Virtual reality opening up new job possibilities

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It's like exploring a whole new dimension, or building a new world on your own.

Virtual reality is looking less and less like science fiction and more like a fresh new tool.

"We used to struggle with it, but now I think it has arrived," I.T Coordinator Lori Walljasper said.

Students in the I.T program at Scott Community College now have some of the latest virtual reality gear at their fingertips.

A pen and some glasses can help build the perfect engine, a suit can help create a 3-D model to help with your golf swing, and the Oculus Rift can give you a virtual tour of a building so real, you think you're actually there.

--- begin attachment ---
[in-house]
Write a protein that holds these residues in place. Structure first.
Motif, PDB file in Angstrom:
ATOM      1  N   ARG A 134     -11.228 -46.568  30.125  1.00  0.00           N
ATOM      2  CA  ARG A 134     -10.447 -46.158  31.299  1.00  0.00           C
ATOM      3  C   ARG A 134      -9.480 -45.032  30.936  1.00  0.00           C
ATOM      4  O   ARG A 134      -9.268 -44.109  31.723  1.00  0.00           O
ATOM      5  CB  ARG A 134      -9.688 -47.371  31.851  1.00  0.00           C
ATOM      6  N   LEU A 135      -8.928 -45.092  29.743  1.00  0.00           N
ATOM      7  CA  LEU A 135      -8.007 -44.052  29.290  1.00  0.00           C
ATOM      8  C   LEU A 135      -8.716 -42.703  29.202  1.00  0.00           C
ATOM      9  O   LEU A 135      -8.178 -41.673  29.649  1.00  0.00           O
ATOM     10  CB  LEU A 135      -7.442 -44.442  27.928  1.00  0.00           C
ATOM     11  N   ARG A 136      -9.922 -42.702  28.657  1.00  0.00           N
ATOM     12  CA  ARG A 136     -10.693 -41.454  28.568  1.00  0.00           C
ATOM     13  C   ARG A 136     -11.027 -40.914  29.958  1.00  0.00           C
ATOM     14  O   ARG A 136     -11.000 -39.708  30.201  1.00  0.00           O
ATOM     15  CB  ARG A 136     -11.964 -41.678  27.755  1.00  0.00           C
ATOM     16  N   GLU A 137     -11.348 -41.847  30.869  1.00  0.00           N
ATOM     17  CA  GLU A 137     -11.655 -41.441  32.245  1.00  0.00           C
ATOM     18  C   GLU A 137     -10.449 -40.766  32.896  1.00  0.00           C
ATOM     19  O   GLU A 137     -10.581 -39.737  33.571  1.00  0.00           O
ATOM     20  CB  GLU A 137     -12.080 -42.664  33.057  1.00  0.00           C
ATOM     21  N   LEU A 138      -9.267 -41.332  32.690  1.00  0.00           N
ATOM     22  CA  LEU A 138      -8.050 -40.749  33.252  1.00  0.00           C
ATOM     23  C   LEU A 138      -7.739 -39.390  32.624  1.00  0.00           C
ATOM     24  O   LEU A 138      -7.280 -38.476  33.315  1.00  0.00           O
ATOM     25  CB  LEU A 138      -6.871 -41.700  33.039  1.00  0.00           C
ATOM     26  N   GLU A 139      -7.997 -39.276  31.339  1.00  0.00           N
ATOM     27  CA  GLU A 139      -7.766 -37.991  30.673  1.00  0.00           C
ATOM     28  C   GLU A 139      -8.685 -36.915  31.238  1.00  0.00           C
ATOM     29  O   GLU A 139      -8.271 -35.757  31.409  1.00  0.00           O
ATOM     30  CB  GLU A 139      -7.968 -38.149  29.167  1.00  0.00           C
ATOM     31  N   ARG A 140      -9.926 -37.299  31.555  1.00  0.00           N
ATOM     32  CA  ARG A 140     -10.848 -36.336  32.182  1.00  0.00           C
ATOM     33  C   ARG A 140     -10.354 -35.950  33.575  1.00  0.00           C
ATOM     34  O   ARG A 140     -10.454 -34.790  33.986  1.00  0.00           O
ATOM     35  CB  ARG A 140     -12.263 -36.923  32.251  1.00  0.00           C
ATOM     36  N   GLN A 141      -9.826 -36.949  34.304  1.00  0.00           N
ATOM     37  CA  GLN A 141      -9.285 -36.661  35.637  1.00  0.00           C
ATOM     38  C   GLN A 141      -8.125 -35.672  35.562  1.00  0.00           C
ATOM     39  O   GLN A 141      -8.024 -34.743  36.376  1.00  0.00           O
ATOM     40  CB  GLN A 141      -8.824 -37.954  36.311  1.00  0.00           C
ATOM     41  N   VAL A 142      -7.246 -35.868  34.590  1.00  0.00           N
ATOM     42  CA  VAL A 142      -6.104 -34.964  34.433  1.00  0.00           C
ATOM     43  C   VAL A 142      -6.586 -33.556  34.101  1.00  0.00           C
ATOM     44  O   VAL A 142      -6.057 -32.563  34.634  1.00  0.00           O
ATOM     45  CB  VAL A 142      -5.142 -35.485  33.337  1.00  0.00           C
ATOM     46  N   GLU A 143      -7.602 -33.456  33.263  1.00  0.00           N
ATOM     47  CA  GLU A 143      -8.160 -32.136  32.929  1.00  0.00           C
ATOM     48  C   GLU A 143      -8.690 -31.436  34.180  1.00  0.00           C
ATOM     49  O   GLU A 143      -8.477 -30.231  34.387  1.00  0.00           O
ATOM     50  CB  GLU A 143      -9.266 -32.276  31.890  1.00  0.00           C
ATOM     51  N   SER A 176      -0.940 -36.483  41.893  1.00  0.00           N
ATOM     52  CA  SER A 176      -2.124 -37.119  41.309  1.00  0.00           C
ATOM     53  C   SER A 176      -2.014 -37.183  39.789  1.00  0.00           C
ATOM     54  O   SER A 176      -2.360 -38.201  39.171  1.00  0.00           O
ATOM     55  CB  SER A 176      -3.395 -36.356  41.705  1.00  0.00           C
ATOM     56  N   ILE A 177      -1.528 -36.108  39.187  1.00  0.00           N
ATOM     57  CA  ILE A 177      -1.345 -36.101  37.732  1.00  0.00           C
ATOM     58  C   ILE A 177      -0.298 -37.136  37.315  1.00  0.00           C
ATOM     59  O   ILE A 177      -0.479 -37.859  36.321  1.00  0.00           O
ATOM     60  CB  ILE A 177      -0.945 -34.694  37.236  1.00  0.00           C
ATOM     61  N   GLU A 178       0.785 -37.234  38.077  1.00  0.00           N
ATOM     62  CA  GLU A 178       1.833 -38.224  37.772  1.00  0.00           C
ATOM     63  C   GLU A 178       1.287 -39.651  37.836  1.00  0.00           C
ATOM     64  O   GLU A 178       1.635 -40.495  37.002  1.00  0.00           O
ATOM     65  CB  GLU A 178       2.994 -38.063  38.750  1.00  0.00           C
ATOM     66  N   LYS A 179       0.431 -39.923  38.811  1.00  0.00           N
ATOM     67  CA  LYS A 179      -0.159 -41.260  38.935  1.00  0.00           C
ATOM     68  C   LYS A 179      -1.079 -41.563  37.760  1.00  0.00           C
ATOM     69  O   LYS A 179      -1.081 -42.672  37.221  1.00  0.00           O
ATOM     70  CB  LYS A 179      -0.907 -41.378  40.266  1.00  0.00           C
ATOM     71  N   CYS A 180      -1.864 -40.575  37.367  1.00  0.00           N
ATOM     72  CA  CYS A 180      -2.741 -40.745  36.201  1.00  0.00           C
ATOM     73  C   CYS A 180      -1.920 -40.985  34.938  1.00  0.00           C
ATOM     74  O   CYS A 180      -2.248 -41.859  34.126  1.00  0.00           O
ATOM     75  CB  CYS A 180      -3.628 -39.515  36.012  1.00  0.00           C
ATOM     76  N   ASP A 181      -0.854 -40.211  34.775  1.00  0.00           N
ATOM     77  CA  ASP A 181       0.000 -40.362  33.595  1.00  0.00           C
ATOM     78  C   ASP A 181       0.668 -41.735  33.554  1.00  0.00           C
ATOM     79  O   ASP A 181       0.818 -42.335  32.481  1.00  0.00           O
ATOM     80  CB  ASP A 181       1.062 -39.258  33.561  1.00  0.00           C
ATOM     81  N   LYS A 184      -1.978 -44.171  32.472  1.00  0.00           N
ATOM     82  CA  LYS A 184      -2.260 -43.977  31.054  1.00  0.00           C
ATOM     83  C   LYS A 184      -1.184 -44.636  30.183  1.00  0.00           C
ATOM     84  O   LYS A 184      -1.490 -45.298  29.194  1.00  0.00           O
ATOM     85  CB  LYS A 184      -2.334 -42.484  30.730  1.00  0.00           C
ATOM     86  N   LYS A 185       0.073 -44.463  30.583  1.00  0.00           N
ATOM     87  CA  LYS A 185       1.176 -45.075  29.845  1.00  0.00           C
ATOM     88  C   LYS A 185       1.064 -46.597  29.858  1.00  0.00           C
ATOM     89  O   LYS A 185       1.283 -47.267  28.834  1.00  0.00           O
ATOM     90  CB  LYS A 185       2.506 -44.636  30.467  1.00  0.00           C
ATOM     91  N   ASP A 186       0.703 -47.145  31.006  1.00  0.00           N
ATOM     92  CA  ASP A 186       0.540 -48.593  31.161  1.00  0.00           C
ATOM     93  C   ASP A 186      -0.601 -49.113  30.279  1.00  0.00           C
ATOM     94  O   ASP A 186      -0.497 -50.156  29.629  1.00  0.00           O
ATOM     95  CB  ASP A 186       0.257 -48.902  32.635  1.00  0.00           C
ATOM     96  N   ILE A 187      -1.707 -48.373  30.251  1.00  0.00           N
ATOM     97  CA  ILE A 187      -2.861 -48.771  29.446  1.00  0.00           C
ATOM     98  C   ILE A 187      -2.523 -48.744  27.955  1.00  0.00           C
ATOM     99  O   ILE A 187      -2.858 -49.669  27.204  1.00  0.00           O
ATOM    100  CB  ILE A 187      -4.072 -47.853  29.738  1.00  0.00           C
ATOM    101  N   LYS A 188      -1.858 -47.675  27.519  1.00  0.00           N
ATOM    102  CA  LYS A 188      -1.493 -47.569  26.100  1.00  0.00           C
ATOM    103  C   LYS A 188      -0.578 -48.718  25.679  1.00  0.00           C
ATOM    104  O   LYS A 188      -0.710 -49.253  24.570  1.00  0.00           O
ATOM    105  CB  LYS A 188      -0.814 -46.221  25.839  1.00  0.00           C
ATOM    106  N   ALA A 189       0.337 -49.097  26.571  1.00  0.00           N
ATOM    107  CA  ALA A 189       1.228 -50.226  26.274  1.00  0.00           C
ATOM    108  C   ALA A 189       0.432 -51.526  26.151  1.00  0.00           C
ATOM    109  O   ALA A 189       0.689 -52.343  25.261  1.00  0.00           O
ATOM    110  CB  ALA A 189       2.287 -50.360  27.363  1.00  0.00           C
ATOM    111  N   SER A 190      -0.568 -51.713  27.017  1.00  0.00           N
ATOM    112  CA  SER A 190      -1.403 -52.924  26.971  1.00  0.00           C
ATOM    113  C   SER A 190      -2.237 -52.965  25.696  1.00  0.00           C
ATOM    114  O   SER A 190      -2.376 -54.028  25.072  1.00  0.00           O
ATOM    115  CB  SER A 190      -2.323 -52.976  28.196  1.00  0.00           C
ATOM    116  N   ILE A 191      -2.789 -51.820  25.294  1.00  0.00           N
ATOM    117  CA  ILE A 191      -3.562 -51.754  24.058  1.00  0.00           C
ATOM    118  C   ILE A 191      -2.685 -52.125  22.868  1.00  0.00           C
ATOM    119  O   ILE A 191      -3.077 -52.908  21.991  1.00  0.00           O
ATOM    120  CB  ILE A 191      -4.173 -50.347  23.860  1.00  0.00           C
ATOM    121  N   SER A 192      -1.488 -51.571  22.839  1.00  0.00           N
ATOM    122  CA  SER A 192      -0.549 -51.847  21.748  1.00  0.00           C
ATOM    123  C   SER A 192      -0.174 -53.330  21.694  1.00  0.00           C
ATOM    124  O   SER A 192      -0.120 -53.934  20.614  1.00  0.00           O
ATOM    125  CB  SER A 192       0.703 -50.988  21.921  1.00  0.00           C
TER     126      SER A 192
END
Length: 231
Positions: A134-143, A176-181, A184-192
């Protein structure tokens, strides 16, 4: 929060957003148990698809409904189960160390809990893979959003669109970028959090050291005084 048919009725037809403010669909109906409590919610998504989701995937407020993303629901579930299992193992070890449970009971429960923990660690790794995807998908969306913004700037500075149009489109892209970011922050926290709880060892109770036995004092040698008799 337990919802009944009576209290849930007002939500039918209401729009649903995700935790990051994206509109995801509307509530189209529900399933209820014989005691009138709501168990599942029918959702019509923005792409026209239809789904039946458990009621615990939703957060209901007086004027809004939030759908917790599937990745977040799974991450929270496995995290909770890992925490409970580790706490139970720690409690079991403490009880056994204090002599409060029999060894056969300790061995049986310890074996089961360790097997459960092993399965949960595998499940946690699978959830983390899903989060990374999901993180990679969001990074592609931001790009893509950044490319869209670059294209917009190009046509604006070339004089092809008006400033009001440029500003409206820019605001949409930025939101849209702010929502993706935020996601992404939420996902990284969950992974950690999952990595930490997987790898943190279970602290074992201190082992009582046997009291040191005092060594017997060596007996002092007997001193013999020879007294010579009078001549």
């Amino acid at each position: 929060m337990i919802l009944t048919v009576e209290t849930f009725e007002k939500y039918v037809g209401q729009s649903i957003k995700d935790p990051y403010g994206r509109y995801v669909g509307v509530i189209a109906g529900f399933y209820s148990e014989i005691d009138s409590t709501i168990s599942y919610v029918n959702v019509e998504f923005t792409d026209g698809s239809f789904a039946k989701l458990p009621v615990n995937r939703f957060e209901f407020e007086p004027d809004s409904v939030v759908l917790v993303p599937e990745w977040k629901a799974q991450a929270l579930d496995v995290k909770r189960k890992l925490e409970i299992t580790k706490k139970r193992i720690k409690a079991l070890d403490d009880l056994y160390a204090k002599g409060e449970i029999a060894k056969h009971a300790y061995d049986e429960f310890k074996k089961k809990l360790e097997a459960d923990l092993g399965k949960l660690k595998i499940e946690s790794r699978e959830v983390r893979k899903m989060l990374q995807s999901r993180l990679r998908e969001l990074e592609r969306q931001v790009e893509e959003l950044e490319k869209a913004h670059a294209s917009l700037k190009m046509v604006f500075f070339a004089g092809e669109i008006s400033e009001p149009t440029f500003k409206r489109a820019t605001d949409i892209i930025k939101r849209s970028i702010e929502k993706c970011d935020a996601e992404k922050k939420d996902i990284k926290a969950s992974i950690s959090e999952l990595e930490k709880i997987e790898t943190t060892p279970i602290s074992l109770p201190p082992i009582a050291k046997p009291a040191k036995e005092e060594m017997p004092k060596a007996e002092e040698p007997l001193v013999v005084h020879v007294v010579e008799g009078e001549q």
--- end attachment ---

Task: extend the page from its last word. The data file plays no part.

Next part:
"They can make it in 3-D, they can project it in 3-D, they can use it in 3-D and actually make their product better," student Uriah Brock said.

Things like the Oculus Rift may look like games on the surface, but it's a way to transform technology and job creation into a whole new world.

It's a pitch they're hoping pays off.

"We can work with companies, maybe in their training department," Walljasper said.

If businesses have a use for 3-D models and virtual reality, these students will have jobs ready-made when they graduate.

"We're going to try and teach our classes around that so that we can have real hands-on experience that someone can actually have a job with," Brock said.

It's jobs that a younger generation can jump into when they're older, and it's a new reality based in a virtual world.

The Virtual Reality Lab in Davenport is also designed to offer inspiration for student programmers who want to enter the workforce and create their own products.

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